Dear Amy: My mother raised eight children. She is now in her late-70s, and lives alone.
Recently she received a cancer diagnosis and we have been taking turns getting her to appointments and helping with errands, chores, meals, etc.
We are happy to help, and tell her so.
My problem is that she gets very emotional and constantly apologizes to us, saying variations of: “Children should never have to care for their mother” and stating that she is “a burden” to us.
Constant reassurance from us is not helping.
How can we help her to understand that we want to help, and are happy to do so?
She spent many years caring for her own mother at the end of my grandmother’s life, so I’m not sure if that is part of it or not.
What do you think?
– Feeling Helpless
Dear Helpless: I suspect that your mother’s lengthy experience taking care of her own mother probably is a factor informing her emotional response now.
People seldom talk about this, but for some, caregiving for an elder parent can be a traumatic and ultimately heartbreaking experience.
If that was the case with your mother, her current situation has triggered some very real distress, and – like the loving and concerned mother she is – she is upset by the prospect of any of you having a similar experience.
Your mother has also received a frightening diagnosis. This may have triggered extreme anxiety (who could blame her?!), and the way she is ruminating and resistant to comfort should be a cause for concern for her health care team.
My first suggestion is to make sure that her physicians know about her rumination and anxiety. This might be a cognitive issue exacerbated by lack of sleep, diet, or medications.
For you and your siblings, I suggest that instead of leaping in with quick reassurances, you should make sure to listen and give your mother plenty of space to express herself. You might then say to her, “I know you have a lot to deal with right now, but can you say what you are most worried about in this moment?” She may need to cry and to express some universal and existential worries. Having loved ones able to listen calmly and bear quiet witness might help her.
And yes, you should all do your best to express (through your deeds and words): “Mom, we are honored and happy to be with you, no matter what. You had us, and now we’ve got you.”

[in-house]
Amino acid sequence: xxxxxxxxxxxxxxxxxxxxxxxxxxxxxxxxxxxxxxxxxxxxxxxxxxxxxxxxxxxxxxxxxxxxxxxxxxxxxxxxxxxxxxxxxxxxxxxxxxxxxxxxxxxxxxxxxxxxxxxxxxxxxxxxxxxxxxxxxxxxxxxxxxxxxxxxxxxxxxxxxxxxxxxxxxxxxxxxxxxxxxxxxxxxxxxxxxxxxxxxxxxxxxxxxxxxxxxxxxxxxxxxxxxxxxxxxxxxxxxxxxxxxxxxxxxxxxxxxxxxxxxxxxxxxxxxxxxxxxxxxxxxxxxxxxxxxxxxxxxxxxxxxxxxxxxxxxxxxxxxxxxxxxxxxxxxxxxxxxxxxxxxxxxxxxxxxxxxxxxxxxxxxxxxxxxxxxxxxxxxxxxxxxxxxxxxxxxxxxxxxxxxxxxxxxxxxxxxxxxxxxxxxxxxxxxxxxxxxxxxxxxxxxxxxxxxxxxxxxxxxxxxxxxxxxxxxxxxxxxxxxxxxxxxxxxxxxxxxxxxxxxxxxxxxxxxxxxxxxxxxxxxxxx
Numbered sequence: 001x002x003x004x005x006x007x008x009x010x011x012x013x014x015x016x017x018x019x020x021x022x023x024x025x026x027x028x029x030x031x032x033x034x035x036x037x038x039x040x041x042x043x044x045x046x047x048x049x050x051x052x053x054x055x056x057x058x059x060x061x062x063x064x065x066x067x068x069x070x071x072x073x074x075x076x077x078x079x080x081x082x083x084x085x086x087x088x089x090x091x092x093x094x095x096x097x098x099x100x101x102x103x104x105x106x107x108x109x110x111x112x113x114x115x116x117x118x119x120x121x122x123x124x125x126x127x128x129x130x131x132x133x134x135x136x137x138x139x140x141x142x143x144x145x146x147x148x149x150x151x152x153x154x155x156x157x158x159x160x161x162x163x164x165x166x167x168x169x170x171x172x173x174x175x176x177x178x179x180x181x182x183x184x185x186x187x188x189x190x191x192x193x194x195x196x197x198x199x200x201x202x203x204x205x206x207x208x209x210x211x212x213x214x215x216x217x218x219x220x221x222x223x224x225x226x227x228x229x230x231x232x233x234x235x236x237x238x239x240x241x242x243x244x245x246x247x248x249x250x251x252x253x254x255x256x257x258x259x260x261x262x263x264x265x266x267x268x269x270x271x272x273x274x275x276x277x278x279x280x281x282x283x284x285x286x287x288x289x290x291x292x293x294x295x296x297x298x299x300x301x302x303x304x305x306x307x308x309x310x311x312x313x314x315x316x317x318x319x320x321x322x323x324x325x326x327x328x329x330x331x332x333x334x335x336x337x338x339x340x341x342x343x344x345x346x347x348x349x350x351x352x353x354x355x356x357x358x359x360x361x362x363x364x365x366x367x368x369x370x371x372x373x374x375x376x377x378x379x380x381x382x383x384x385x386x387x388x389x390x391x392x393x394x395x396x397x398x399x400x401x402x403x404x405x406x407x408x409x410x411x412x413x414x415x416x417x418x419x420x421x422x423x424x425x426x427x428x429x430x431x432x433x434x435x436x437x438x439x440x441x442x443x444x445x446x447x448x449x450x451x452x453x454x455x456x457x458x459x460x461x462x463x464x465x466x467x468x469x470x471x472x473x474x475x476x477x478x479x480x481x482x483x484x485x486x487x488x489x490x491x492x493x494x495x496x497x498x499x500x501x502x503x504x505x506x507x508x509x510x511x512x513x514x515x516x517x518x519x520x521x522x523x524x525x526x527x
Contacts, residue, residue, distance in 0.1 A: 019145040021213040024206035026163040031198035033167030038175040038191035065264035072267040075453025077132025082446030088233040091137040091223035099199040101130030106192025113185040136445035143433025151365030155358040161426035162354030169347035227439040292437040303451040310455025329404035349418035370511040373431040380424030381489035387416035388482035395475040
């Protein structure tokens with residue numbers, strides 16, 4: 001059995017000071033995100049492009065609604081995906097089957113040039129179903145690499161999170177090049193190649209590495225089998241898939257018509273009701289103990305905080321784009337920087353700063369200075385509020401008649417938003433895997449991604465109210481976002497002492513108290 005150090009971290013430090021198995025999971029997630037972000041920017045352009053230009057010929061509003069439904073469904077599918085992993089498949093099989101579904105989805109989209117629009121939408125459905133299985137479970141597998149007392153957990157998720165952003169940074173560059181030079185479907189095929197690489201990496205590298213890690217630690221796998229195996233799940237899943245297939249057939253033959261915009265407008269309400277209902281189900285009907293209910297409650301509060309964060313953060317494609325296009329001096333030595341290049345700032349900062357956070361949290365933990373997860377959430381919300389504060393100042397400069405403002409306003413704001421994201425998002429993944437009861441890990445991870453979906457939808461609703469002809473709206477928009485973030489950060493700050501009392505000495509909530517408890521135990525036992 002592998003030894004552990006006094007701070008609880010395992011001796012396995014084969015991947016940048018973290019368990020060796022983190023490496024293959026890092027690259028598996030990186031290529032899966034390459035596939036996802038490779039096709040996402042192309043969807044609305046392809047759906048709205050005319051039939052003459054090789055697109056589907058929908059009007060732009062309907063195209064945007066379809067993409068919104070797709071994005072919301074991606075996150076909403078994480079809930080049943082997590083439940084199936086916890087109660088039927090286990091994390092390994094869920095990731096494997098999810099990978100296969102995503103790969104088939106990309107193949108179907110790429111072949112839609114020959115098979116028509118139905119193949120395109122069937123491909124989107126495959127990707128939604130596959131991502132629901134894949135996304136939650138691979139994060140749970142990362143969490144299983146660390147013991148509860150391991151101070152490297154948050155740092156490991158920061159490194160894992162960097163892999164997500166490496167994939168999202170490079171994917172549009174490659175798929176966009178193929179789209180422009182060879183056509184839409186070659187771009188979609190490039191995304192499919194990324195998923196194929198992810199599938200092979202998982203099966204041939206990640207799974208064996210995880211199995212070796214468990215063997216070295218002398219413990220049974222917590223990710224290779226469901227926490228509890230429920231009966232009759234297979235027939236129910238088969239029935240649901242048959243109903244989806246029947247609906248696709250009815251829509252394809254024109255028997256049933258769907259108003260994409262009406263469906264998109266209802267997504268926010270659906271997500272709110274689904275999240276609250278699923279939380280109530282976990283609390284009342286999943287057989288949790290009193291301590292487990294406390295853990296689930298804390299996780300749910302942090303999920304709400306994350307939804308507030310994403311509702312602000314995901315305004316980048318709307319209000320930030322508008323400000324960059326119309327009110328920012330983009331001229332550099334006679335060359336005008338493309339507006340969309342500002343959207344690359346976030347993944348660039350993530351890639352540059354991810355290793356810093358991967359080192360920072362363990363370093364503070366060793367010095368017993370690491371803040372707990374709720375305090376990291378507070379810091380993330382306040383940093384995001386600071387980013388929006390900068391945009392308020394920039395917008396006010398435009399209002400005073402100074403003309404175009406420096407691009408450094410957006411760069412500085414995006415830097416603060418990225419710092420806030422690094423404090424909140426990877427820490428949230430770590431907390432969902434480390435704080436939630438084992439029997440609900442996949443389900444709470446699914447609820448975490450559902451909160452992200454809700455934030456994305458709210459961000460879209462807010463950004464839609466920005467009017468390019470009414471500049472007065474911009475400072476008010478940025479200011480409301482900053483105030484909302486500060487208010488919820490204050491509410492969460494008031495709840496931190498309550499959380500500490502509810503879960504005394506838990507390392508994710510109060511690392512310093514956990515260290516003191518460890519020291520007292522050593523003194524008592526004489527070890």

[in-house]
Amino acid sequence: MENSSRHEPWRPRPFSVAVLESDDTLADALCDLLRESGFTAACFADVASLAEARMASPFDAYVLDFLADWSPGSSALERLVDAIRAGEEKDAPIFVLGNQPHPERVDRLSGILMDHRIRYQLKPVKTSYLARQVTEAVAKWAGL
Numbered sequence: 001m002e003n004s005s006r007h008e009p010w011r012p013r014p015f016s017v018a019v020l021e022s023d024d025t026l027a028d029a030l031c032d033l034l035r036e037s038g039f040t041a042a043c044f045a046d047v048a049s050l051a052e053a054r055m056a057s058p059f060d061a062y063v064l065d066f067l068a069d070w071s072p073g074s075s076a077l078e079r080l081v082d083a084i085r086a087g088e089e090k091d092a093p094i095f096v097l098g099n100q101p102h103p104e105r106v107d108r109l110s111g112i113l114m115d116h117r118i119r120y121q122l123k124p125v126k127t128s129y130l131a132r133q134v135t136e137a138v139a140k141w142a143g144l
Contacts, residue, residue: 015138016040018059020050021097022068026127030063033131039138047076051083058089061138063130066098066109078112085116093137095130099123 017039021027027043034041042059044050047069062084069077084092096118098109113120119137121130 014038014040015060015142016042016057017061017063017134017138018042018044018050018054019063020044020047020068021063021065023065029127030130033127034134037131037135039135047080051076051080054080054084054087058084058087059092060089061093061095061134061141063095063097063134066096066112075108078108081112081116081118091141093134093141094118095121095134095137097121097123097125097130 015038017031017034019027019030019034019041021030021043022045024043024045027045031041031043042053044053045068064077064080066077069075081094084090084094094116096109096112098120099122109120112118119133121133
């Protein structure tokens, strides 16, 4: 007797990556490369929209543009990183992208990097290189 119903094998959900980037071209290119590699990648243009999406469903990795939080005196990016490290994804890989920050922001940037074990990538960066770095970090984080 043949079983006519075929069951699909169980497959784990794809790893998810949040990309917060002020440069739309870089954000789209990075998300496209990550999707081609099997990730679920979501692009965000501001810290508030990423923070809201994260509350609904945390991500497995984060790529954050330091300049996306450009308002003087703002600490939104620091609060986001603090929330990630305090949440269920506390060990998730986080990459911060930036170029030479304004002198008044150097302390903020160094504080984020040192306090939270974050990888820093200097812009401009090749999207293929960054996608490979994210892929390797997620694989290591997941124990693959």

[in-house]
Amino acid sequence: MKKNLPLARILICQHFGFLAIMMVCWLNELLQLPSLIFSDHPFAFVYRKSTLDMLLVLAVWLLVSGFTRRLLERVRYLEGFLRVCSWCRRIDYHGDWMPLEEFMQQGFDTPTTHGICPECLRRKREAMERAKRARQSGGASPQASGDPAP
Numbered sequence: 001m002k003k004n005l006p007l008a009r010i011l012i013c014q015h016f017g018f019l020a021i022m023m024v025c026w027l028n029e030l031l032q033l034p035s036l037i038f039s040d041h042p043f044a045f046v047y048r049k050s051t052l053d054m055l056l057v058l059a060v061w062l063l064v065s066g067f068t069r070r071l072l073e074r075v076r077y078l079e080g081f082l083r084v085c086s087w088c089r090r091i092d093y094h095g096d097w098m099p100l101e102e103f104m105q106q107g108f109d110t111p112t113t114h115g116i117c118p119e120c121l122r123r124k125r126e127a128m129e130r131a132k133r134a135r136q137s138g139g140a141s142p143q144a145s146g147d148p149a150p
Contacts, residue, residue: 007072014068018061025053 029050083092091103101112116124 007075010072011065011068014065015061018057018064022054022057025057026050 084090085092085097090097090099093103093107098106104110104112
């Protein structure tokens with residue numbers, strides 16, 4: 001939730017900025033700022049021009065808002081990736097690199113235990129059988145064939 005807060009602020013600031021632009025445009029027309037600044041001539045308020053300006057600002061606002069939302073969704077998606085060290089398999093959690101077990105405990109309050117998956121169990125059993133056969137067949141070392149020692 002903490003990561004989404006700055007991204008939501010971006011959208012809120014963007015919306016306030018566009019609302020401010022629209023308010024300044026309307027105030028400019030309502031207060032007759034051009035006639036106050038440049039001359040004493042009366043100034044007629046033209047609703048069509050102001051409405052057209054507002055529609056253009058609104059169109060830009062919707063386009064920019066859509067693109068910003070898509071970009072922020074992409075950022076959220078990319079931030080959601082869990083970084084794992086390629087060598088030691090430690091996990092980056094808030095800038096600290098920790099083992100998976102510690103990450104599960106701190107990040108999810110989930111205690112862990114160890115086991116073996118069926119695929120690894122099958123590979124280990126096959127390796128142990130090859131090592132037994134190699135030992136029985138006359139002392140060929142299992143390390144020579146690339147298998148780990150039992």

Dear Amy: I am a woman in a relationship with a younger man.
At the beginning of this relationship, he was very into love, sex, romance and sharing everything.
I paid all of our rent and utilities for the first six months, and we were both working.
Well, around three months ago, he changed. No more sex, romance or anything.
I’ve spoken to him about paying his share of our living expenses, and he gets upset immediately.
He says he loves me, but I have trouble believing him.
I feel at times that he is getting a free ride.
He never helps around the house, and doesn’t keep his word.
I’m so tired wondering if he wants a lover or a mother.
I’m hoping you can help me figure this out.
Dear Wondering: I’m glad you turned to me.
Wonder no longer!
Despite your generous attitude, according to your narrative, even in the early days of your relationship, this dude did not actually share everything. In fact, he doesn’t seem to have shared anything. You’ve been paying full freight and carrying the full weight of this relationship.
To clarify, his version of “sharing” is called “taking.”
He doesn’t want a lover; he doesn’t want a mother; he wants an easy mark, and he seems to have found one in you.
You’ll feel much better about yourself and this relationship if you cut your losses and show him the door.
Dear Amy: “Frustrated in NY” wrote to you about an in-law’s alcoholism.
You really nailed it when you wrote, “Stand down.”
That’s exactly what I have done for the past 50 years with a sibling who is an abusive alcoholic.
By standing down we have no contact and no chances for arguments, hurt feelings and drama. By standing down, sanity can flourish.
– Less Family Pain in MI
Dear Less: People can also sometimes “stand down” without becoming completely estranged. This involves detaching from the drama surrounding this disease and accepting one’s own powerlessness over the addict.